The Fourth Edition of Federal Courts in the 21st Century is leaner, with tighter focus on the areas usually covered in upperclass courses on Federal Courts or Federal Jurisdiction. The material in chapters on Aggregative Procedure, mostly covering class actions, and on Expanding and Restricting Complex Federal Litigation, covering the likes of various joinder devices, venue and forum non conveniens, and multidistrict litigation has largely been eliminated.
A new Chapter 11 on Doctrinal and Statutory Restrictions on Federal Jurisdiction Related to State-Court Litigation, following the chapters on federal courts' statutory jurisdiction, covers the abstention doctrines and the Anti-Injunction Statute, 28 U.S.C. §2283, previously treated in the complex-litigation chapter. And earlier coverage in the class-actions chapter of the Class Action Fairness Act of 2005 (CAFA) now is part of a new section at the end of Chapter 8 on Diversity and Alienage Jurisdiction. The new section is devoted to the three forms of minimal-diversity federal-court jurisdiction presently on the books - statutory interpleader; the Multiparty, Multiforum Trial Jurisdiction Act of 2002; and CAFA.
The chapters covering areas affected by the Jurisdiction and Venue Clarification Act of 2011 (JVCA), particularly Chapter 8 on Diversity and Alienage Jurisdiction and Chapter 10 on Removal, have been extensively revised to take account of the many (and positive) changes made by the JVCA. Chapter 8 also has a new principal case, Hertz Corp. v. Friend, in which the Supreme Court settled a circuit split over interpretation of a corporation's "principal place of business" for diversity purposes.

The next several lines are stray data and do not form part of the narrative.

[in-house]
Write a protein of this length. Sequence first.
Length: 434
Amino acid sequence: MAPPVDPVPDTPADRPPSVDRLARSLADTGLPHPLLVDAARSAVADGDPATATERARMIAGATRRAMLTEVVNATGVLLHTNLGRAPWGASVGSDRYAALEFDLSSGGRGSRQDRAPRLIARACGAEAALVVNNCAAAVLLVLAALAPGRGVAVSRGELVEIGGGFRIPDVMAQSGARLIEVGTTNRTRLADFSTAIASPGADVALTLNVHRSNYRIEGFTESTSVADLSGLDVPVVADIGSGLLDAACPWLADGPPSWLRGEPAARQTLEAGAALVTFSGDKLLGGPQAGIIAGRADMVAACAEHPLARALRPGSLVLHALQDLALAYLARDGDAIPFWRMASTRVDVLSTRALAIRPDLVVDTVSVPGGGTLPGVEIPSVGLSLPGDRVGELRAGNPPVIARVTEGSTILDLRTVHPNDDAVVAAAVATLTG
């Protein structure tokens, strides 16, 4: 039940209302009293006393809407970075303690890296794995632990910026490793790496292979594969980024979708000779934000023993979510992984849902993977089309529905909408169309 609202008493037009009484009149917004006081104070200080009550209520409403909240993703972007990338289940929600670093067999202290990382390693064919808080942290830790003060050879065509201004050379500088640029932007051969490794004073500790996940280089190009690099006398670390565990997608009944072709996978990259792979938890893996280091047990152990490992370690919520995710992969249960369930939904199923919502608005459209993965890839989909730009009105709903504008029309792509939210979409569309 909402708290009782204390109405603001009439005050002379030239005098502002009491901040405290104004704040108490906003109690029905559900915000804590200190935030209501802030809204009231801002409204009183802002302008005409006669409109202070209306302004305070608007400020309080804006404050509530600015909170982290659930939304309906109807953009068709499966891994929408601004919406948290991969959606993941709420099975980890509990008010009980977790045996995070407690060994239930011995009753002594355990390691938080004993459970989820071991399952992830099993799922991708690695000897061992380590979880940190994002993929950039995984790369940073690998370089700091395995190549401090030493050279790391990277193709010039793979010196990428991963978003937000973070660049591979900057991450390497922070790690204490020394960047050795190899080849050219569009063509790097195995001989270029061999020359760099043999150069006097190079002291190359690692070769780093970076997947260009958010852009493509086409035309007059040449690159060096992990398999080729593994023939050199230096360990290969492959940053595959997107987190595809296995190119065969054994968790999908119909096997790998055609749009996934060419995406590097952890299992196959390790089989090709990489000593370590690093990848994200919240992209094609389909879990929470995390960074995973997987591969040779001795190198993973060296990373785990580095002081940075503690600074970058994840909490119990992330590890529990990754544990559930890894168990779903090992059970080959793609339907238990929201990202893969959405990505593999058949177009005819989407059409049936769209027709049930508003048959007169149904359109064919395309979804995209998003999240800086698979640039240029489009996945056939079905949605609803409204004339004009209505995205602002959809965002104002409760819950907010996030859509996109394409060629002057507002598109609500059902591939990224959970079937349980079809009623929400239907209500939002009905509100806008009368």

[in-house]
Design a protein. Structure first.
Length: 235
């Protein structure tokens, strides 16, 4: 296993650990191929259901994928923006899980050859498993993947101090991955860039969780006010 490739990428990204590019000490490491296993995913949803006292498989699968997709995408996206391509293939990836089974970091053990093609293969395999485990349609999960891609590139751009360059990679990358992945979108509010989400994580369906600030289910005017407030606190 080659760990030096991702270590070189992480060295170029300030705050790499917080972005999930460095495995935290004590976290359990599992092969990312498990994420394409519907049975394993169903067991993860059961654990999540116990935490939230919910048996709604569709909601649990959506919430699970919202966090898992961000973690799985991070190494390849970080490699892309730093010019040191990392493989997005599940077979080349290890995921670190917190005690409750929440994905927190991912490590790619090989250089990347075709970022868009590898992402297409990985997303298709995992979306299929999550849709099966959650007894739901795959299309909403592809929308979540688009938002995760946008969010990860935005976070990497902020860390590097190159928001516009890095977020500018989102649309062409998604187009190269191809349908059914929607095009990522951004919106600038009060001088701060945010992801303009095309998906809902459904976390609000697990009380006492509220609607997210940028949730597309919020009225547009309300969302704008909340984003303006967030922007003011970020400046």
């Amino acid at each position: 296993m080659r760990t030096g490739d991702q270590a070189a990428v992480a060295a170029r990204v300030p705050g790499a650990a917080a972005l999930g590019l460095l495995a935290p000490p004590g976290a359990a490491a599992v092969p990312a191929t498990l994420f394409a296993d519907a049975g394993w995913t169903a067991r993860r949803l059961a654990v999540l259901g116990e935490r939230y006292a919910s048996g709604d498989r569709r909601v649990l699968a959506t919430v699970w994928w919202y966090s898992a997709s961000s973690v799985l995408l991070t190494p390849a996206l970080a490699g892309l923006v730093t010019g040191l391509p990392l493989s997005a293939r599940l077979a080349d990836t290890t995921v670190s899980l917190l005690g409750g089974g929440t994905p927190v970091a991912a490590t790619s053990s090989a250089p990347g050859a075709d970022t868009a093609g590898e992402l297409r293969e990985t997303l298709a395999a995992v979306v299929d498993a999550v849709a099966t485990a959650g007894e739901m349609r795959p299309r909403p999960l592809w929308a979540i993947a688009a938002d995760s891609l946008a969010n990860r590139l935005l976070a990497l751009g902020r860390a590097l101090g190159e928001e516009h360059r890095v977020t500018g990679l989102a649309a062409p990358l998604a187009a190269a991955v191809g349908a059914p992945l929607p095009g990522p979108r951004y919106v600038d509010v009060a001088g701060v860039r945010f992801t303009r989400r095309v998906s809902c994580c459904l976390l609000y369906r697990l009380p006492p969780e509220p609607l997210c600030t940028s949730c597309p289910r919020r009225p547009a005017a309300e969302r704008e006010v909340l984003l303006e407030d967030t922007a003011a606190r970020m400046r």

The Fourth Edition has a new, concluding Chapter 18 on Federal Jurisdiction in Time of War and in an Age of Terrorism. This chapter's principal case is the Supreme Court's major 2008 decision in Boumediene v. Bush on habeas corpus for alien enemy detainees at the United States military base at Guantanamo Bay, Cuba. This chapter brings together themes from several aspects of the course—the role of the federal courts, separation of powers, the permissibility of "jurisdiction-stripping" legislation, the use of non-Article III federal tribunals, and suspension of the writ of habeas corpus. Included are background on the use of military commissions in United States history; discussion of executive, judicial, and legislative responses to the attacks of September 11, 2001; the Boumediene case itself; and developments since that decision, providing a timely, interesting capstone for the course.
This book also is available in a three-hole punched, alternative loose-leaf version printed on 8.5 x 11 inch paper with wider margins and with the same pagination as the hardbound book.
If you are a professor teaching in this field you may request a complimentary copy.